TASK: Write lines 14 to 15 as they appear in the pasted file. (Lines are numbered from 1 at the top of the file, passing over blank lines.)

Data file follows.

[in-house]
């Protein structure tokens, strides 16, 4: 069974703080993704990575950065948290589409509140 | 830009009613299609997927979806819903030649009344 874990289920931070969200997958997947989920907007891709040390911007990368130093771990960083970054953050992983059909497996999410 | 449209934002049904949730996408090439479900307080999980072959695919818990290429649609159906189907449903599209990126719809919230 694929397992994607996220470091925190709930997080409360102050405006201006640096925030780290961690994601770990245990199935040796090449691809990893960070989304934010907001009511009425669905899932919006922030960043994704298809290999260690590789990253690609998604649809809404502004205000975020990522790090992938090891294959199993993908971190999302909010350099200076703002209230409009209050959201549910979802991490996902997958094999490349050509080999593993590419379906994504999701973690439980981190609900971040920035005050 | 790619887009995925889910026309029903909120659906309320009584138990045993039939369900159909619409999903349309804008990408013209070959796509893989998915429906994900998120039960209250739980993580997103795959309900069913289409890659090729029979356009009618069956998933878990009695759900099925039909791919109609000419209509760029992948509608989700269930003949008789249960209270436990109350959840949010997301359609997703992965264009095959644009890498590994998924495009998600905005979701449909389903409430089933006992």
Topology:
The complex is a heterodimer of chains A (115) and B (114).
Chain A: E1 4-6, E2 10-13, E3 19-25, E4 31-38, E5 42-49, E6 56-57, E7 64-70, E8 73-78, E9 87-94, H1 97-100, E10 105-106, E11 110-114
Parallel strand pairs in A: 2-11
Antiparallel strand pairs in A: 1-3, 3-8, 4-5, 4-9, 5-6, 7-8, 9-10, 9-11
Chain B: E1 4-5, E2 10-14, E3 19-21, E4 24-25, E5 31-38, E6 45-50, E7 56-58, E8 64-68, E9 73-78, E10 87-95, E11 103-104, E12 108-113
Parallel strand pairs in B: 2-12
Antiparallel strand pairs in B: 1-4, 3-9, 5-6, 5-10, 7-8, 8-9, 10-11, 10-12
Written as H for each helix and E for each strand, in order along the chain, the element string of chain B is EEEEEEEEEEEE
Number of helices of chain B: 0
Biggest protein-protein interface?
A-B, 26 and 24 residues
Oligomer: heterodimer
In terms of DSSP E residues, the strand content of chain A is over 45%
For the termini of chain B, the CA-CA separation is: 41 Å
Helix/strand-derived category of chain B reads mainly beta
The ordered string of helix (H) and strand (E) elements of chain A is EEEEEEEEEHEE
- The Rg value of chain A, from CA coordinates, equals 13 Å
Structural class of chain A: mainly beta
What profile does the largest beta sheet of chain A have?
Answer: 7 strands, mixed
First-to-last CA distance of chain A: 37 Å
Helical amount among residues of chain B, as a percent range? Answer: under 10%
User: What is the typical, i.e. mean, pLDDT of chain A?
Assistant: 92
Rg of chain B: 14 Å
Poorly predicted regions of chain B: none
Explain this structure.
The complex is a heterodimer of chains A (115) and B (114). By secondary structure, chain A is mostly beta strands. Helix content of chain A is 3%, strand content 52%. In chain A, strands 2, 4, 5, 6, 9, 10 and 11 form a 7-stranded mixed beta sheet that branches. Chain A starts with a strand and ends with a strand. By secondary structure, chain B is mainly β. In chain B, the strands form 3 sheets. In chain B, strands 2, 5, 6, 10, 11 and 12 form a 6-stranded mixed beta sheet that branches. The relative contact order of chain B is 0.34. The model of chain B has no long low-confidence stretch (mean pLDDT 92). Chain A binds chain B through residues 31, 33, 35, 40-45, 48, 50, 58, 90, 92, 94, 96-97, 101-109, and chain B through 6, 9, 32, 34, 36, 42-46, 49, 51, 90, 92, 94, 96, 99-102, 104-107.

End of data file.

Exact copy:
A-B, 26 and 24 residues
Oligomer: heterodimer